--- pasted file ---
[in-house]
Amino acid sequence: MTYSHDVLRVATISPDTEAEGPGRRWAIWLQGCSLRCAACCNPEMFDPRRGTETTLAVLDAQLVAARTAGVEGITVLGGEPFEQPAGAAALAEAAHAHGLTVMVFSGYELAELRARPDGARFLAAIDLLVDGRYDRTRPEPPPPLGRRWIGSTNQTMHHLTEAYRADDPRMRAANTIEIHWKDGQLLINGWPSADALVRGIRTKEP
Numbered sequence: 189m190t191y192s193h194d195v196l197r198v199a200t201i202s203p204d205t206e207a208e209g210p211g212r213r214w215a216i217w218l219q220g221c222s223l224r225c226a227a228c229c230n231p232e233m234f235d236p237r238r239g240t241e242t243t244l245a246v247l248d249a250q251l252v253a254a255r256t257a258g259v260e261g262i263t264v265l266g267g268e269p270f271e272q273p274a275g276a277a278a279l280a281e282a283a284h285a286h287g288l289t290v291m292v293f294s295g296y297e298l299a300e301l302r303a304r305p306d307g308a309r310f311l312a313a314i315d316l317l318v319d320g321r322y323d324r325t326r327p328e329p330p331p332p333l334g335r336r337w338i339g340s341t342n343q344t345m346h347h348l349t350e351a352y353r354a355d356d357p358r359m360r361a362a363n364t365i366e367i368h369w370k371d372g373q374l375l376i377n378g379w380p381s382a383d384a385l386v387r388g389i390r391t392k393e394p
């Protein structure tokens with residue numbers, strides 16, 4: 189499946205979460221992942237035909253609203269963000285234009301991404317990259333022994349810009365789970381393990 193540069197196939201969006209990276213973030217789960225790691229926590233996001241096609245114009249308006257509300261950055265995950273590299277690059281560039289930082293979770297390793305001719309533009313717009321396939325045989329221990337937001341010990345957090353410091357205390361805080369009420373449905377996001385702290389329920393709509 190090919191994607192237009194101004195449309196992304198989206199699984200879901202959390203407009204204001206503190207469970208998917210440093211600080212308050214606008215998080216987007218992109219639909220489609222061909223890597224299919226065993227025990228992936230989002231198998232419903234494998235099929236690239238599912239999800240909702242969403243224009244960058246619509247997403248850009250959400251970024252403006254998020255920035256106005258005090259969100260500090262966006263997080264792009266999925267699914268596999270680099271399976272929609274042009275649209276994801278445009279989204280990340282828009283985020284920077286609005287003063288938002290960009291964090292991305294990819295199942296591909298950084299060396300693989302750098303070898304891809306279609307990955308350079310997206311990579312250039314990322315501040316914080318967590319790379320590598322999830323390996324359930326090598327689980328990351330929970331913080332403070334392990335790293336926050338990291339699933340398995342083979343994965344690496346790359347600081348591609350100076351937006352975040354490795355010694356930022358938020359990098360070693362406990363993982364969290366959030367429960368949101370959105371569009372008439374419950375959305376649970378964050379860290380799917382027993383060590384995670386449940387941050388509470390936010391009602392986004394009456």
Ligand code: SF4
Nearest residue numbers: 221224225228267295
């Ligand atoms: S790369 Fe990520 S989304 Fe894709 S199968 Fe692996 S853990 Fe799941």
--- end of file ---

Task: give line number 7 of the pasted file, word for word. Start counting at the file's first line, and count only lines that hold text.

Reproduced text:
């Ligand atoms: S790369 Fe990520 S989304 Fe894709 S199968 Fe692996 S853990 Fe799941």